WASILLA - Forty-one mushers, including four former champions, stood in line to register for the 2006 Iditarod Trail Sled Dog Race on Saturday at the annual volunteer picnic at Iditarod Headquarters.
Among the first signing up for the 34th annual 1,100-mile race from Anchorage to Nome were former champions Mitch Seavey of Seward (2004), Martin Buser of Big Lake (1992, 1994, 1997 and 2002), Jeff King of Denali Park (1993, 1996 and 1998) and Doug Swingley of Lincoln, Mont. (1995, 1999, 2000, 2001)
"I've got to work this year," Swingley said. "My wife is taking the year off."
Swingley's wife, Melanie Shirilla finished 54th in 2005.
Thirteen other mushers, including five-time champion Rick Swenson of Two Rivers (1977, 1979, 1981, 1982, 1991), mailed in their registrations, bringing the total number of teams in the race so far to 54. Mushers still can register until Dec. 1 for the race that starts March 4, 2006.
Other longtime Iditarod veterans signing up were Aliy Zirkle of Two Rivers, DeeDee Jonrowe of Willow, Ramy Brooks of Healy, John Baker of Kotzebue, Lynda Plettner of Big Lake, Lance Mackey of Kasilof and Dr. Terry Adkins of Sand Coulee, Mont. Matt Hayashida, who lives in Willow but trains his team in Skagway, is the only musher to register Saturday who has a Southeast connection.
Zirkle (2000), Brooks (1999) and Mackey (2005) all are former winners of the Yukon Quest International Sled Dog Race, another 1,000-mile sled dog race that runs between Fairbanks and Whitehorse, Yukon Territory. Mackey is the son of 1978 Iditarod champion, Dick Mackey, and younger brother of 1983 Iditarod champ and 1997 Yukon Quest champ, Rick Mackey.
Another returning veteran is Gary Paulsen of Willow, the author of more than 175 books, many aimed at young people. He last ran the Iditarod in 1985. He moved back to Alaska from New Mexico last year.
"I never should have stopped running," he said. "I bought Tyrell Seavey's team when he got to Nome last year."
Asked if he had a sponsor, Paulsen laughed and said, "Random House."
"I've got a nine-book contract," he said. "I took the advance and put it into dogs."
Rachael Scdoris of Bend Ore., the legally blind musher who entered the 2005 race but did not finish, also signed up. She will have Iditarod veteran Tim Osmar of Ninilchik as her guide on the trail for the race.
Scdoris said she has been too busy making public appearances to train but will begin this fall.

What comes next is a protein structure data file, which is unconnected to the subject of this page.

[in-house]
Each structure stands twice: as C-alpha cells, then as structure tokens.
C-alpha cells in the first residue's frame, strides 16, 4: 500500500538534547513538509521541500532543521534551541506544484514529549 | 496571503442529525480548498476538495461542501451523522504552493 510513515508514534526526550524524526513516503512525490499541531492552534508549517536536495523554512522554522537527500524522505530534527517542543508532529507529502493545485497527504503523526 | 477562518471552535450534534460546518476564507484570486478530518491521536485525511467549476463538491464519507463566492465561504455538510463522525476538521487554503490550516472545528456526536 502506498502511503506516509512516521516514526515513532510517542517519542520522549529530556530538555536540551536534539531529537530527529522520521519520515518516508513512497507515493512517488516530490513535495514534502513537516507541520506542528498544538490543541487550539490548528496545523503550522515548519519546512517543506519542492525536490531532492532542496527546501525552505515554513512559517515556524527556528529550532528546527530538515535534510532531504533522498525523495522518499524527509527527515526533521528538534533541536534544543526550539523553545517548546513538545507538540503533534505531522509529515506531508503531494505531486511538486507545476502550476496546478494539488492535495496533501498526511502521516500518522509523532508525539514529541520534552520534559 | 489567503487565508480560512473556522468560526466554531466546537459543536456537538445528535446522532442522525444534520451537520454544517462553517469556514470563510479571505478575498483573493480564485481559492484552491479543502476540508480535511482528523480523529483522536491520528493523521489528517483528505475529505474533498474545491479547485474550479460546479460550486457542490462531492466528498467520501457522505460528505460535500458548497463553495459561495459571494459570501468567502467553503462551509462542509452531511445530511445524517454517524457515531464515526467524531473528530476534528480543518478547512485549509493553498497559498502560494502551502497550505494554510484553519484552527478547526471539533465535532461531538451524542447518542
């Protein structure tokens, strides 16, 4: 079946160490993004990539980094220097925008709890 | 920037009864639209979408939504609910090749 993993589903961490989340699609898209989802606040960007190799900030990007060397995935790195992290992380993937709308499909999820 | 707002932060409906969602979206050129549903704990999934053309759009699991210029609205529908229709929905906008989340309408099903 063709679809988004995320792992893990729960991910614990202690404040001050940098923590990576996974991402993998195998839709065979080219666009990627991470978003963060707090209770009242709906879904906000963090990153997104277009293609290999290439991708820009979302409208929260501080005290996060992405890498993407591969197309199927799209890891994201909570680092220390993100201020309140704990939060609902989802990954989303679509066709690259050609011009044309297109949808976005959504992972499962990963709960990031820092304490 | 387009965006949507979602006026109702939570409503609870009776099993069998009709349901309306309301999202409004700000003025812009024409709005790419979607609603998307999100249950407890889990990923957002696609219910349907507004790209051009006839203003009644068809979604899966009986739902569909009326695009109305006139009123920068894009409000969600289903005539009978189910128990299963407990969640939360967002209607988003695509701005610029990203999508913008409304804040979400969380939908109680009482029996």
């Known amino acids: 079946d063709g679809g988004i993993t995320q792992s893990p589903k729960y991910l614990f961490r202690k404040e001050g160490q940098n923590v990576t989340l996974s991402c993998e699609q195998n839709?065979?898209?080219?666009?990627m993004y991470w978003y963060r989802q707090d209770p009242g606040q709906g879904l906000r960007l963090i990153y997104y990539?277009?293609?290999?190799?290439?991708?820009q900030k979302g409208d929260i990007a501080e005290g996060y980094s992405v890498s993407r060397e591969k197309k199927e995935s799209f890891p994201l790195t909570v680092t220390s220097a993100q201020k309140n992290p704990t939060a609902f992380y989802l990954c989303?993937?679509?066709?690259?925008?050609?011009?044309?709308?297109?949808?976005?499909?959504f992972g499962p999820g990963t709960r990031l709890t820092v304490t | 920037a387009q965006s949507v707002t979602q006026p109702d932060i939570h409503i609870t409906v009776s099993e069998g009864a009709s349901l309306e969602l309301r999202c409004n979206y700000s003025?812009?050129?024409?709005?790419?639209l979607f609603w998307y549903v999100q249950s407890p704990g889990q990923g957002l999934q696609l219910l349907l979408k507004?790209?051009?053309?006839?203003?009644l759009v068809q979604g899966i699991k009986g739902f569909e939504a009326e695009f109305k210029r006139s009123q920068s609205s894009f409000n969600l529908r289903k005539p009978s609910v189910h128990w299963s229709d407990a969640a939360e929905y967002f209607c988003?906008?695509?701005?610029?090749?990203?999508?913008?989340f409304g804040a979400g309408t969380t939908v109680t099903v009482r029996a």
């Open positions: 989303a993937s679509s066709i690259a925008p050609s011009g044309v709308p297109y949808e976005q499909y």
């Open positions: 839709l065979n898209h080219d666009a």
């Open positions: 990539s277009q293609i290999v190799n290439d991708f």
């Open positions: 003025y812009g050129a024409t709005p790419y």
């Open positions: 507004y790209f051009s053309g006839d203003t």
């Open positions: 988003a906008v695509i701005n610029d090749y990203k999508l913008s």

She also landed in required paperwork for Osmar, a former Yukon Quest champion and son of 1984 Iditarod champ Dean Osmar, who did not attend the registration session. The trail committee last year agreed to waive fees for the musher who will guide Scdoris on the trail with the aid of a two-way radio.
Among the rookies signing up were Daytona Dayton, a talk-show host from Eagle, Idaho, who said she is paying Iditarod veteran Vern Halter of Willow $150,000 to help her train and run the Iditarod.
Lori Townsend of Willow was the first to sign up. She arrived at Iditarod headquarters Tuesday night and stayed until the signup.
She will benefit from a new rule that changes how the mushers' starting order is determined.
In previous years, mushers would draw for their starting positions. In 2006, mushers will pick their starting position in the order they signed up.
Townsend, who ran the race in 1996 and 1997, said she will pick a spot in the top five. Other mushers indicated they would wait until the musher's banquet just before the start of the race to pick their positions, with an eye on the weather.
Plettner said the best time to move dogs out of checkpoint is from 4 to 6 a.m. or 4-6 p.m., and would pick her starting time accordingly.
"You have to train like you race, and race like you train, so the dogs are comfortable with what's going on," she said.
Last year 79 mushers entered the race. The cost of entering is $1,850. The entry fee is returned to two mushers drawn at random on the first day of signup. Veteran Aaron Burmeister of Nenana and rookie Kim Kittridge of Eagle River were picked.